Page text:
Chapter 5
TRAGEDY

THE notion of Fletcher writing tragedy is difficult to entertain. In tragedy, as we have come to understand it, the hero is basically Everyman, confronting a situation which images common experience. The story of Oedipus is more obviously violent and striking than the stories of most of us, yet it is our common lot to wrong our progenitors, to have our purposes reversed, and to arrive at a blinding consciousness of our own guilt. Hamlet's inhibition, Othello's jealousy, Macbeth's steeling himself against scruple, are conditions of the mind that we recognise as familiar, just as we share the guilt and the aspiration of Hardy's Tess or Conrad's Nostromo or Melville's Captain Ahab. Aspiration as well as guilt, for these heroic figures have a sense of a good just outside human reach as well as a sense of their own failing. Certainly in tragic writing the characters are conceived on a more extensive scale, are presented in a grander manner, than we find in our experience of human beings of our everyday acquaintance. 'Better than we are' is how Aristotle described the figures of Greek tragedy and epic.1 Yet their situations and their responses, though respectively more extreme and more exalted than the common, remain images of what we know to exist in our own lives. Fletcher's dramatic method, on the other hand, we have seen as concerned, not with the central, but with the peripheral things in human experience. Certainly we can learn a great deal from his exploration of the periphery, for our understand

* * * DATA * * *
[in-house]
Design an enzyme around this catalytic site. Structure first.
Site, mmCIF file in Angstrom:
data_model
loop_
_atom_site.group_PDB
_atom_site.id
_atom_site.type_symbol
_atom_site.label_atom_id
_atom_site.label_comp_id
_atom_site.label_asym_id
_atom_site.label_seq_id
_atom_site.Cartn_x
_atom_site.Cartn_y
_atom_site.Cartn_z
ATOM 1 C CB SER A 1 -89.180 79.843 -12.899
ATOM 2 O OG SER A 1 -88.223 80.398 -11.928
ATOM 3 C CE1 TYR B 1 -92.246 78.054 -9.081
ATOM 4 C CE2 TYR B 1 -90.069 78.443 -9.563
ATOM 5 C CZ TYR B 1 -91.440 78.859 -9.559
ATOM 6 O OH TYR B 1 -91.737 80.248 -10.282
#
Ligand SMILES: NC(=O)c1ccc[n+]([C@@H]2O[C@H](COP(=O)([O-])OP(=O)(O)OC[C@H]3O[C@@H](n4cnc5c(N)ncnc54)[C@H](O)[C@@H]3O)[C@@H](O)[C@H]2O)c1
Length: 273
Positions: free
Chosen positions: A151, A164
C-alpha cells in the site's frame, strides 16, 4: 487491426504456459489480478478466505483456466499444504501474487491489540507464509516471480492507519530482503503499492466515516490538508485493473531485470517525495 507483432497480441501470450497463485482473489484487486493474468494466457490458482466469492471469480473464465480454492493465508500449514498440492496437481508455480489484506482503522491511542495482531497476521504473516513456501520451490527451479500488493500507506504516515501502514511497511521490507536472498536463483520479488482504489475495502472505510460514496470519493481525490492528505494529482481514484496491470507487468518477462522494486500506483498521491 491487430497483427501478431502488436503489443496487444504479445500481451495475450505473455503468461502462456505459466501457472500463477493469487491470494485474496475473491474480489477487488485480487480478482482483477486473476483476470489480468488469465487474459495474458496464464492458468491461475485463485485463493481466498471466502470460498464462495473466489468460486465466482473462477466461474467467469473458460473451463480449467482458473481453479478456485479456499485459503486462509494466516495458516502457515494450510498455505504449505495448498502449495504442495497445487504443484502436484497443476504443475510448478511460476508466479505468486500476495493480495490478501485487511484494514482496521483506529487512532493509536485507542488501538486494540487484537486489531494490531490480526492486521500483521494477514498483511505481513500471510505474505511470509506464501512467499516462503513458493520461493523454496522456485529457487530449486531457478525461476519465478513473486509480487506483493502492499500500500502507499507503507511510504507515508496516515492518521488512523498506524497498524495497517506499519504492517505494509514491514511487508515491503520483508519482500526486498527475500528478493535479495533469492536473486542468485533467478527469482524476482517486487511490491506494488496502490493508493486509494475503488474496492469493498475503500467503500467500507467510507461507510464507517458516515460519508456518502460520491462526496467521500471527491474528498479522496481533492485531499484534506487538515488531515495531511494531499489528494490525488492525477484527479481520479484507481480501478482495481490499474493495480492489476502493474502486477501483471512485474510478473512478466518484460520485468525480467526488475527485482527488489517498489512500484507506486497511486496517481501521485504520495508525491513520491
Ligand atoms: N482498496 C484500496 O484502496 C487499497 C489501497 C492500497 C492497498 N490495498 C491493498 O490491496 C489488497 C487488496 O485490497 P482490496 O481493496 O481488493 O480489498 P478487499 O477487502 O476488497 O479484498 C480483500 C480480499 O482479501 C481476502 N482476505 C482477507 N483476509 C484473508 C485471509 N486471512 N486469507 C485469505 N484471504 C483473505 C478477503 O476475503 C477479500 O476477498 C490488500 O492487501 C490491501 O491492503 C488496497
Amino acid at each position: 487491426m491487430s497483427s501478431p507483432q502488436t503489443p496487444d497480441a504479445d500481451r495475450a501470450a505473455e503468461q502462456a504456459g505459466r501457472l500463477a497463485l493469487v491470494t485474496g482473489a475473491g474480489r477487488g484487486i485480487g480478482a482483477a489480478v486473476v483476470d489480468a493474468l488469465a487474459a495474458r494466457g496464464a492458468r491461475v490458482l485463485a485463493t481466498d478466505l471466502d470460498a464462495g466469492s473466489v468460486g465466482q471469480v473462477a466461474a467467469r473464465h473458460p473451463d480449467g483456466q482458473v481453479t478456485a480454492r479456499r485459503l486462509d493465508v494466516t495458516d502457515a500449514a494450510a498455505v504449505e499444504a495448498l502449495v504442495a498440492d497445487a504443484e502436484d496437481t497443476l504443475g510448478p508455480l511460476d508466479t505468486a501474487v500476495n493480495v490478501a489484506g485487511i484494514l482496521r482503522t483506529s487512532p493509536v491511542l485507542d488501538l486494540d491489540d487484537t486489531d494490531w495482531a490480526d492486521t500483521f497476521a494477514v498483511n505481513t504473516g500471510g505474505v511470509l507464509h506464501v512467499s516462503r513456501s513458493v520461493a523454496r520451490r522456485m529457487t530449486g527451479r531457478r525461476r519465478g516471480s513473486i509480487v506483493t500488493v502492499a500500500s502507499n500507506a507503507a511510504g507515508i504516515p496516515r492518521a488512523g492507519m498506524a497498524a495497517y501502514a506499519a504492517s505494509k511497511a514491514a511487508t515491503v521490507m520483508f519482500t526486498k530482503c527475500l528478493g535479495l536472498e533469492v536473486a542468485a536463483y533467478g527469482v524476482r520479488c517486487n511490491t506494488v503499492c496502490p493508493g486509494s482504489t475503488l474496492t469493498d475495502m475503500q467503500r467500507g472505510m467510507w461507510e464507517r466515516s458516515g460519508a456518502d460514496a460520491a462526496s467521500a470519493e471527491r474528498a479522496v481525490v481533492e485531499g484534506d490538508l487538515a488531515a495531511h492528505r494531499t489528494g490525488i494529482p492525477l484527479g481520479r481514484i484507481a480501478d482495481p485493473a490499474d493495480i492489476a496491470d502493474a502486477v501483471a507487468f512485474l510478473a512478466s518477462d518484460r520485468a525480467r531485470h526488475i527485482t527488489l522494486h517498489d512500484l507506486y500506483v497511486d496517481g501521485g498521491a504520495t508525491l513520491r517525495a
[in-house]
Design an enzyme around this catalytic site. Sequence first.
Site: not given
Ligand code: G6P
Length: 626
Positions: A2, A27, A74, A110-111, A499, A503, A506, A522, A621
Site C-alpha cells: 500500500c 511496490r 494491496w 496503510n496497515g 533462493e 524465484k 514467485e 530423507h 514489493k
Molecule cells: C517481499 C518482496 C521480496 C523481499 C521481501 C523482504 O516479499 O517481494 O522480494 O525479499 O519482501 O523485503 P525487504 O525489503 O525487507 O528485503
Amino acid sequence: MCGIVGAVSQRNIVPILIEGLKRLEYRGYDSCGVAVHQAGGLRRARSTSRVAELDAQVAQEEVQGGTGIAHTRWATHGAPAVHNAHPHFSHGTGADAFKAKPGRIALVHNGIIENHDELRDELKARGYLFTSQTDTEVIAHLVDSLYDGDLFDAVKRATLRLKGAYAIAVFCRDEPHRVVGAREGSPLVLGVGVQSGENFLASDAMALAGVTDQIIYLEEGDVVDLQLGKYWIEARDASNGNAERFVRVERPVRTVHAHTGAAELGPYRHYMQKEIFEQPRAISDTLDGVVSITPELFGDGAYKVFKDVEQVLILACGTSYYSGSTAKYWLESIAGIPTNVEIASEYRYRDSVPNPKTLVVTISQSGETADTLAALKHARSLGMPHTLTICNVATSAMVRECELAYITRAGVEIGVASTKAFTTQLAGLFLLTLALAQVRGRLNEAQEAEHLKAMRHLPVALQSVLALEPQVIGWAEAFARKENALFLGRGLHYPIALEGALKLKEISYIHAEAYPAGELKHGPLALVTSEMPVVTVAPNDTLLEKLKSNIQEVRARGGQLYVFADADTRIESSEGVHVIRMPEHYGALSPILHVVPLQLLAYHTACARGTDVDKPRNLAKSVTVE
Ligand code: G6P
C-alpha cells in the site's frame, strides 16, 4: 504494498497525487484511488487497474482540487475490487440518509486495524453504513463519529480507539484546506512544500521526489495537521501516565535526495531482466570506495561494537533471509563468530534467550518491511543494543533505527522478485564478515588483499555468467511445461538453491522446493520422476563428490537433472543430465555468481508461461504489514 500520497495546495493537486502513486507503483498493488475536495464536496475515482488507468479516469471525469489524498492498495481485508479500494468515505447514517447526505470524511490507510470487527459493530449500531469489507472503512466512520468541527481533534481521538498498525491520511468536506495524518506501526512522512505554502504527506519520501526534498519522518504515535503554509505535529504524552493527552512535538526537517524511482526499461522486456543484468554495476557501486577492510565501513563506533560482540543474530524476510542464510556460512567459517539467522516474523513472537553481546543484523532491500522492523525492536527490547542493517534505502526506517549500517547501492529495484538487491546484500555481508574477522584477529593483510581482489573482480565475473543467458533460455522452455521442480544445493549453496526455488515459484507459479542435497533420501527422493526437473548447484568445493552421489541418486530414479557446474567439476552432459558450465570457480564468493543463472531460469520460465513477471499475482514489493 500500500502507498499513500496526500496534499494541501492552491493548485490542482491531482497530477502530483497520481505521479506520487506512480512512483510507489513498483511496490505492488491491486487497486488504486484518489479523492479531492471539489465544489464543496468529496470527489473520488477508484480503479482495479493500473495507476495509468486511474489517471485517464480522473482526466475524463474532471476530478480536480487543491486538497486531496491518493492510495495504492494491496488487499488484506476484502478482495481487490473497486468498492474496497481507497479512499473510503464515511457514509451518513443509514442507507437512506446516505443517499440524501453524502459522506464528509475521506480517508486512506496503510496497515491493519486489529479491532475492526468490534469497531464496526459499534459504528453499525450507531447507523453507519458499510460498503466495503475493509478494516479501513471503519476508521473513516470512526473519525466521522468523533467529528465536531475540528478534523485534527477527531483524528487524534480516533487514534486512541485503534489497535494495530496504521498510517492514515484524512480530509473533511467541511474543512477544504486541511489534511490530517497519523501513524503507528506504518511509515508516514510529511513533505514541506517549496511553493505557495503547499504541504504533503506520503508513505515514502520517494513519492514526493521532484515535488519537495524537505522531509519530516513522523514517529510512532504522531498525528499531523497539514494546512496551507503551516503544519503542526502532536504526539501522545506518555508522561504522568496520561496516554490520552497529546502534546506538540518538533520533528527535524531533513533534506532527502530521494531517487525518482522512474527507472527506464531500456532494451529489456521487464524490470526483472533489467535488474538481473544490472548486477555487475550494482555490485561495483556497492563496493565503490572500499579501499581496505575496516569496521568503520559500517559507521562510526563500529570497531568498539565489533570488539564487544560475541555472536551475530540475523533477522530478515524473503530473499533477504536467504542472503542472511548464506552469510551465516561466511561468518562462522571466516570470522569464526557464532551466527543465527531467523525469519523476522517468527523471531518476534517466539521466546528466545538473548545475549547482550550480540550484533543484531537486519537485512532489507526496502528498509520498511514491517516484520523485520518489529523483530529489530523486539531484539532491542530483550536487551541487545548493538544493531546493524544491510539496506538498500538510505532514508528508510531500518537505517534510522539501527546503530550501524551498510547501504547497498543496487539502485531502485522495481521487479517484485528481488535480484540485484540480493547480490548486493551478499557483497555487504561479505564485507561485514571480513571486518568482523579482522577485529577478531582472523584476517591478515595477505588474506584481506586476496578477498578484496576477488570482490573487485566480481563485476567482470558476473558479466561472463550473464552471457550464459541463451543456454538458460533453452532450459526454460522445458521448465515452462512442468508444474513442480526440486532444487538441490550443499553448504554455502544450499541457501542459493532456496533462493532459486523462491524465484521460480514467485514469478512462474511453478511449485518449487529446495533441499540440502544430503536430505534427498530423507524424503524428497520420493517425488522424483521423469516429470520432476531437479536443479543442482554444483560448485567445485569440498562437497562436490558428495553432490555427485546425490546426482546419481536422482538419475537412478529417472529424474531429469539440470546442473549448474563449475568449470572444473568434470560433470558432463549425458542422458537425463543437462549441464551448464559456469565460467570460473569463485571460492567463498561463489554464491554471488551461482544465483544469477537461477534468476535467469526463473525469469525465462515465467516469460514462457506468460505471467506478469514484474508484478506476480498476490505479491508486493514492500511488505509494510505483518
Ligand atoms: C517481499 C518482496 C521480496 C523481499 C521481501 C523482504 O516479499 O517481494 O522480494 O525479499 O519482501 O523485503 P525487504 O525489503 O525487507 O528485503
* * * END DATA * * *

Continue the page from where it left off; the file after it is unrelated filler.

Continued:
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1
The Poetics, Chapter II.

-108-

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The John Fletcher Plays
Table of contents

Table of contents

  • Title Page iii
  • Contents v
  • Preface vii
  • Chapter 1 - The Problem Of Approach 1
  • Chapter 2 - The Dramatic Mode Of John Fletcher 24
  • Chapter 3 - Comedy 48
  • Chapter 4 - Tragicomedy 77
  • Chapter 5 - Tragedy 108
  • Chapter 6 - Fletcher And Shakespeare 144
  • Appendix 169
  • Index 175
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